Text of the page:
Posted on: June 1, 2011 5:32 pm
Edited on: June 1, 2011 6:14 pm

Shaq: larger than life, on and off the court

Shaquille O'Neal's larger than life personality set him apart from the NBA's other great big men. Posted by Ben Golliver.

Shaquille O'Neal took the old “You can’t coach seven feet” cliché and multiplied it to the nth degree.

America can’t reasonably hope to reproduce – let alone coach – a player with his combination of talent, height, weight, strength, quickness and athleticism again. A sure-fire first ballot Hall of Famers and four-time NBA champion, O'Neal's successes have dominated the NBA for nearly two decades.  As a physical specimen, O’Neal stands as a once-ever product. The closest approximation we’ve seen so far – Dwight Howard – would have been overpowered by O’Neal in his prime. The next top American big man in the pipeline – Jared Sullinger – doesn’t belong in the same sentence or weight class as O’Neal; The undersized potential No. 1 pick in the 2012 NBA Draft would need to crane his neck just like the rest of us to get a good view of the XXL No. 1 overall pick in the 1992 Draft.

There are bits and pieces of all of the league’s premier big men in O’Neal. His dominance on offense was matched only by Wilt Chamberlain. The shattered backboards were Daryl Dawkins redux. His rebounding drew comparisons to Moses Malone, his shot-blocking instincts to Bill Russell. His jump hook wasn’t nearly as deadly as Kareem Abdul-Jabbar’s skyhook but he made it work. Ditto his footwork and short turnarounds, loosely and somewhat hopelessly co-opted from Hakeem Olajuwon. O'Neal has even carried the philanthropic torch passed down by David Robinson.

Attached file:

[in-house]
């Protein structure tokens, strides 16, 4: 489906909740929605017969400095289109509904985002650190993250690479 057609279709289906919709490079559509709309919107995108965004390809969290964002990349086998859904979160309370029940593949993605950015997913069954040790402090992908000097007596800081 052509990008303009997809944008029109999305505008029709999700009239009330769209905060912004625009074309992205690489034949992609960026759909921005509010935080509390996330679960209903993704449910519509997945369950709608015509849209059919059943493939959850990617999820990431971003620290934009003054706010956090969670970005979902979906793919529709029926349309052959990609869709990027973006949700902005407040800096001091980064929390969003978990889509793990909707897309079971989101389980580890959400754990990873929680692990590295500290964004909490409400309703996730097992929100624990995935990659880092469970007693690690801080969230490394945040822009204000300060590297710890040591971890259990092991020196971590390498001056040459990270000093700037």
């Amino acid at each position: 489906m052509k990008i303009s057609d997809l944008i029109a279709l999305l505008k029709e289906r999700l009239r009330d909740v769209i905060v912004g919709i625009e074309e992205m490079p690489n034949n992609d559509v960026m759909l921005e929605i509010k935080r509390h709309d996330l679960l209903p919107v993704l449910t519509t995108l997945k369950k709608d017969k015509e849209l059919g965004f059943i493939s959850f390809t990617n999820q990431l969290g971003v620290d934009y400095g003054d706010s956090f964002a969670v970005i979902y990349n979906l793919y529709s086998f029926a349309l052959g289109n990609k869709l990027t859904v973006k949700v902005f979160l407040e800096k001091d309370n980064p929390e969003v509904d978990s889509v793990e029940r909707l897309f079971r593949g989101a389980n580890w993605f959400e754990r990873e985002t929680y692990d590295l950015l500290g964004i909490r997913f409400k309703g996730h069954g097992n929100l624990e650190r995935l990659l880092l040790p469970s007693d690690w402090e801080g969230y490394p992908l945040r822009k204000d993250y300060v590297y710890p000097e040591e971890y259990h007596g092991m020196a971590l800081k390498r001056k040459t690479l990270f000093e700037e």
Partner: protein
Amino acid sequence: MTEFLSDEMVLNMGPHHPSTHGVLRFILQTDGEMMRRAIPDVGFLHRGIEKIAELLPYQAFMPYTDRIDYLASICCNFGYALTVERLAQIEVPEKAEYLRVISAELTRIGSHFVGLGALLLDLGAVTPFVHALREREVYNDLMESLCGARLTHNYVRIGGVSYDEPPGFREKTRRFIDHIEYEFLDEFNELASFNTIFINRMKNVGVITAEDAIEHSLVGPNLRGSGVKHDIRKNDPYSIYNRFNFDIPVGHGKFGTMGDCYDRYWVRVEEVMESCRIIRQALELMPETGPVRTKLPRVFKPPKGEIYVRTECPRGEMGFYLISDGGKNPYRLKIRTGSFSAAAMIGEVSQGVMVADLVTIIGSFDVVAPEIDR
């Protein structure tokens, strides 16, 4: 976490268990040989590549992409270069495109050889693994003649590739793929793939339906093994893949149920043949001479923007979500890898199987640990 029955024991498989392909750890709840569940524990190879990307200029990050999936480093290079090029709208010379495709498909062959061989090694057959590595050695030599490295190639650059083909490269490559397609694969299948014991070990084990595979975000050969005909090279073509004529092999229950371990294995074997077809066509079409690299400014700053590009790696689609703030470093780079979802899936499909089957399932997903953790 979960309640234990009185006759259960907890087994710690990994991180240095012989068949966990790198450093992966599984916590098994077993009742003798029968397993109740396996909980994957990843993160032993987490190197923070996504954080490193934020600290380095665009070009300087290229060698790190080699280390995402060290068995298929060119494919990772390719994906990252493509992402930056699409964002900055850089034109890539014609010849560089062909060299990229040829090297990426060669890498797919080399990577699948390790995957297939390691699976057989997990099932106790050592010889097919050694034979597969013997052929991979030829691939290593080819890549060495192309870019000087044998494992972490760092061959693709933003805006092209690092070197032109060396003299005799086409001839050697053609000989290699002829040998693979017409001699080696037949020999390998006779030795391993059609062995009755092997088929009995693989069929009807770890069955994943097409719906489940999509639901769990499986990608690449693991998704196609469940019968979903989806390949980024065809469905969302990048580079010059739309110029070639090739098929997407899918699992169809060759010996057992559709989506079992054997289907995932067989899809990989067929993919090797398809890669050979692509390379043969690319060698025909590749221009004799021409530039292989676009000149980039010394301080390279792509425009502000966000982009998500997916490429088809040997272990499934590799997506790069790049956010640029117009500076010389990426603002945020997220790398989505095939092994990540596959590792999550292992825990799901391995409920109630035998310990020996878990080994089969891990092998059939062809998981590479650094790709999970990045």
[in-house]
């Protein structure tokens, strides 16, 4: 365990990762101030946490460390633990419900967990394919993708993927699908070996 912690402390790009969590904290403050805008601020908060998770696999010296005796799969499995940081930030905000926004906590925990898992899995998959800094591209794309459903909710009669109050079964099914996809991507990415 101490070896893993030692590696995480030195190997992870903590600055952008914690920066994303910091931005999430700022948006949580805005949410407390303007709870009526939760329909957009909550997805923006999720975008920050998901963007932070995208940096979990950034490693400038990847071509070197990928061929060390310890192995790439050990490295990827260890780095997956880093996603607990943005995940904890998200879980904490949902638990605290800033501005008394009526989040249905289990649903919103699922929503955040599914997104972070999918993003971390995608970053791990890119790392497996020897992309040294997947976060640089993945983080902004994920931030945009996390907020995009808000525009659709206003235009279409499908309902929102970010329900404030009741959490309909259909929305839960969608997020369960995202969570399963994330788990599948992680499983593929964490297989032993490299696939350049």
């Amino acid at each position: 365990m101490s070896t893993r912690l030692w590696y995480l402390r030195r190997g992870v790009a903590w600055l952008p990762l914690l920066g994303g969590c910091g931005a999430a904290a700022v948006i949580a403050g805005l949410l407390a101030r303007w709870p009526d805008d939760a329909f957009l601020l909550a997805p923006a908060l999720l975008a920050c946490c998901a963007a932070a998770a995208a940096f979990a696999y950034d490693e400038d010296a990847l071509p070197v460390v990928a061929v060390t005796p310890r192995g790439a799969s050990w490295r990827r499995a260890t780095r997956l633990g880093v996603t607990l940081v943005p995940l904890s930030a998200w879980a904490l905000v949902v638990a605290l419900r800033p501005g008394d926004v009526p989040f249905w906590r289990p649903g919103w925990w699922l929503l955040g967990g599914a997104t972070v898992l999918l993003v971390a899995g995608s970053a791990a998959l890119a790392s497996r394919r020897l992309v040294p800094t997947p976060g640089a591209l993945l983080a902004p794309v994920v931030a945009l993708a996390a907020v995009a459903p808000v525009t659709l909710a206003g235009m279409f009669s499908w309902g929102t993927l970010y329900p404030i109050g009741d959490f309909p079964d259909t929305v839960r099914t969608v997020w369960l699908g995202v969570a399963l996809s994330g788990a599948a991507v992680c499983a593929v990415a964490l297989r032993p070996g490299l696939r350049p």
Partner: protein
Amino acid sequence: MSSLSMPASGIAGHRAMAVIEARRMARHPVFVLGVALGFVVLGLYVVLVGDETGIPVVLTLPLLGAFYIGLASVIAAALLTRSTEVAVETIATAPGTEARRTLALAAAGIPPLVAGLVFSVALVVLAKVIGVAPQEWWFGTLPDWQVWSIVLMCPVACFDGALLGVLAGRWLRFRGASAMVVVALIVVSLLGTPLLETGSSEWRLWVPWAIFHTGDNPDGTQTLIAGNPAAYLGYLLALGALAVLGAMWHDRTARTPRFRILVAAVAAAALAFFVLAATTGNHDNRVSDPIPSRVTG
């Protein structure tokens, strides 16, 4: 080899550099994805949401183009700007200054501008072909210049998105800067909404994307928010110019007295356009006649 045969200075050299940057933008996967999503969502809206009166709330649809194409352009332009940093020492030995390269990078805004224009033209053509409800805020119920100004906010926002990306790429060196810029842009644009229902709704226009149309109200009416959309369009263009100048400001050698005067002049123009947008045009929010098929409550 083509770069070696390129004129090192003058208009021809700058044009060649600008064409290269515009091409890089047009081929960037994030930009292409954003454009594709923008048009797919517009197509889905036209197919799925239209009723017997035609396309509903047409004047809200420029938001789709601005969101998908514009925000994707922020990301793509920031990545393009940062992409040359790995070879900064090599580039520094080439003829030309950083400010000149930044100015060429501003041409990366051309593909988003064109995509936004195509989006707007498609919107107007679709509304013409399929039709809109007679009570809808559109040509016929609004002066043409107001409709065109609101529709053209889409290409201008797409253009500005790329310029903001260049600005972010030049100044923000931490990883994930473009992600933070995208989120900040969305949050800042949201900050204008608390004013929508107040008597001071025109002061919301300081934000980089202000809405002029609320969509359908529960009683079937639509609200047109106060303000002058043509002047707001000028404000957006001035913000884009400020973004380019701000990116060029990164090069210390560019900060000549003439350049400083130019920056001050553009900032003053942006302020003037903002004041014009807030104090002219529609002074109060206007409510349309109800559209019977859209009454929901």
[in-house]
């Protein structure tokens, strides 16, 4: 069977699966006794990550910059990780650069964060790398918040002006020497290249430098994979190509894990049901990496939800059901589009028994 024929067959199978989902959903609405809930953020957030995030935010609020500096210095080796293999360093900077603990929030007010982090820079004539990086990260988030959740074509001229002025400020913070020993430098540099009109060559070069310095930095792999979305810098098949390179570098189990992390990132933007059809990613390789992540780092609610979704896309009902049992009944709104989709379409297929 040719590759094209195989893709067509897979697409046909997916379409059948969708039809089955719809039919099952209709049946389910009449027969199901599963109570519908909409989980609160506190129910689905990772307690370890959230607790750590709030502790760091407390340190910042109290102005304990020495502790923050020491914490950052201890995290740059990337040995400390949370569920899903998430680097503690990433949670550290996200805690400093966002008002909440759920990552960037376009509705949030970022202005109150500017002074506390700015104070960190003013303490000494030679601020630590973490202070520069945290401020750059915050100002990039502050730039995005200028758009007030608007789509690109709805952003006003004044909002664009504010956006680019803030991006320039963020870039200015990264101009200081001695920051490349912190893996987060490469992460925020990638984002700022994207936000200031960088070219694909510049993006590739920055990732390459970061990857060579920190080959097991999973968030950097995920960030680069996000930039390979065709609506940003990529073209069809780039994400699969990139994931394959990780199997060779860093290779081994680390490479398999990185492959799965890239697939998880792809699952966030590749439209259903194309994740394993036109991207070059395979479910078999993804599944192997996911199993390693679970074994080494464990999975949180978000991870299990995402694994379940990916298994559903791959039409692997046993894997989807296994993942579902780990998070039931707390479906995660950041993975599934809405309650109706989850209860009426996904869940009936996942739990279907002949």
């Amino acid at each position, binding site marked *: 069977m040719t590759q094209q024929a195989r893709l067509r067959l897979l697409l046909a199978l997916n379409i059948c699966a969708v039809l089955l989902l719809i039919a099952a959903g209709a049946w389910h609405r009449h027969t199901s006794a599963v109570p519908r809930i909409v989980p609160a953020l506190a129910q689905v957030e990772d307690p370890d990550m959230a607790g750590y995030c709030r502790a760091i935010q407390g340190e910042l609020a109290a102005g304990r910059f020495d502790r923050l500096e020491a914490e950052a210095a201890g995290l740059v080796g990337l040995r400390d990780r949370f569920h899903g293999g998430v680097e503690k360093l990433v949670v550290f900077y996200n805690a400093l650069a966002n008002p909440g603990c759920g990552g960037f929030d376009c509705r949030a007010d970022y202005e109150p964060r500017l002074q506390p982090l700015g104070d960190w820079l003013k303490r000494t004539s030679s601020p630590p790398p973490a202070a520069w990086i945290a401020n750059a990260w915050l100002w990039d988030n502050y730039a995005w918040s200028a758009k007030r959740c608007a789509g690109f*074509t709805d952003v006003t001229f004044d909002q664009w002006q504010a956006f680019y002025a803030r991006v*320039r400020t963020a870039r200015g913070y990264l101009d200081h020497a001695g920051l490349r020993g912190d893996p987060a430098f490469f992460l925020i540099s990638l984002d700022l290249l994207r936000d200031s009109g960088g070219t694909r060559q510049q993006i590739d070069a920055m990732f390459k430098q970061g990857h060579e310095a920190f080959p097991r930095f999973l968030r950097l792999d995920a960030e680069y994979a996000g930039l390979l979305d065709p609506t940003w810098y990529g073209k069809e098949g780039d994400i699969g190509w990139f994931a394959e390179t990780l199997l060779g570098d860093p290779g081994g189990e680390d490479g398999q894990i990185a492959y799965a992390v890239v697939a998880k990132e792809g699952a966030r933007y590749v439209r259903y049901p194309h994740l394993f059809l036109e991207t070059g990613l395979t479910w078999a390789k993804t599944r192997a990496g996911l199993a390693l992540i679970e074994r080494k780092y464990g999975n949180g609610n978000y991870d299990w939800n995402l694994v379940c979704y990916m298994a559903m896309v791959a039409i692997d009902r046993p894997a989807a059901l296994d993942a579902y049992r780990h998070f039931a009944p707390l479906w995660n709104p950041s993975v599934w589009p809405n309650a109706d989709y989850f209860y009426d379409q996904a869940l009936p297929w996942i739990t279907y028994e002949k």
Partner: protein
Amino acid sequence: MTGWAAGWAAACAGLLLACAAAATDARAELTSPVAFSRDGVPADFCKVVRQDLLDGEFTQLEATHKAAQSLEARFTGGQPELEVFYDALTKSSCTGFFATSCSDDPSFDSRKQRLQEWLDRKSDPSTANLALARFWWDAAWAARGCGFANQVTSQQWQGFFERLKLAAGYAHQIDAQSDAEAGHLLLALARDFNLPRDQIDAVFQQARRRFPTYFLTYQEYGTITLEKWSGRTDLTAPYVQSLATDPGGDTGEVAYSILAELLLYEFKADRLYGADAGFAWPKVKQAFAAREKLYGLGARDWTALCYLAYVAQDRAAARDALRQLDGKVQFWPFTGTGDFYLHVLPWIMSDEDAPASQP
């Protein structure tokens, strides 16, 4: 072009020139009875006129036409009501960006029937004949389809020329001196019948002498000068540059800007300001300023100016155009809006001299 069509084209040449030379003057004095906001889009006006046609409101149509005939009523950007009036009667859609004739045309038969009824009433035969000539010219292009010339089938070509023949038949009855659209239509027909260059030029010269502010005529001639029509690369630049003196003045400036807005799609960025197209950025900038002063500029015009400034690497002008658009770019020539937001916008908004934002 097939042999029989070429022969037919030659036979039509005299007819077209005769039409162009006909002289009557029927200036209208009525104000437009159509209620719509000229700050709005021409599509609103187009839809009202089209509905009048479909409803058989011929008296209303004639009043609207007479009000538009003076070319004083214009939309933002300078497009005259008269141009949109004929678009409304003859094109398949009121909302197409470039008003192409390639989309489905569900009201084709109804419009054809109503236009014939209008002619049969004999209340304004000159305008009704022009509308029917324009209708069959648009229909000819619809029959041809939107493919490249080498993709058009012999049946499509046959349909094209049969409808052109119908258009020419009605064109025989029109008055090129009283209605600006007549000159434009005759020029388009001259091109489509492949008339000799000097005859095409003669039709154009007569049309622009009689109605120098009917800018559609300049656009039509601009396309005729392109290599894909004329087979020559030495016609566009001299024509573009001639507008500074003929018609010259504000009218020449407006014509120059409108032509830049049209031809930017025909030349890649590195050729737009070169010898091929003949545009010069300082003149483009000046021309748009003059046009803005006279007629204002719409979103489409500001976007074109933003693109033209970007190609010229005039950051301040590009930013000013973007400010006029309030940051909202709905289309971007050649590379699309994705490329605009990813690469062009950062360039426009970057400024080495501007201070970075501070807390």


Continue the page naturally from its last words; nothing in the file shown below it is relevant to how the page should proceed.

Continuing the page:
Shaq: The Legacy
Stats (All-Time List)
  • Games: 1,207 (23rd)
  • Minutes: 41,918 (17th)
  • Points: 28,596 (5th)
  • Rebounds: 13,099 (12th)
  • Blocks: 2,732 (7th)
  • First overall pick, 1992 Draft
  • Rookie of the Year, 1992-93
  • NBA MVP, 1999-00
  • Four NBA Championships
  • 15-time NBA All-Star
  • 3-time NBA Finals MVP
  • 2-time NBA Scoring Champion
  • Career Salary: $292,198,327

What O’Neal possessed that none of those big men had was a natural, authentic, instantaneous bond with both basketball media and fans. His goofy, oversized, larger-than-life persona made him the center of the NBA’s attention for more than a decade. It's quite possible that personality and his off-court exploits will come to define him even more than his on-court production.

When it comes to pure marketability, O’Neal was the heir to Michael Jordan, but with a key difference.  “Be Like Mike” was the ultimate one-way road. Jordan was omnipresent and yet, oddly, inaccessible. The enduring image of Jordan is his competitive stare. He was an old-style hero in the Mt. Rushmore sense.

O’Neal was not that. He cast himself, against all odds, as the everyman. O’Neal never cared if he was carefully packaged or not. He helped turn the phrase “self-promoter” from a slur into a full-fledged business plan. He was who he was – whether you, or his critics, liked it or not. He rapped poorly on his own terms, appeared in terrible movies on his own terms, “sold out” to Hollywood and the Los Angeles Lakers on his own terms, shacked up with a reality TV star on his own terms and, through all of it, made himself appear totally accessible, on his own terms.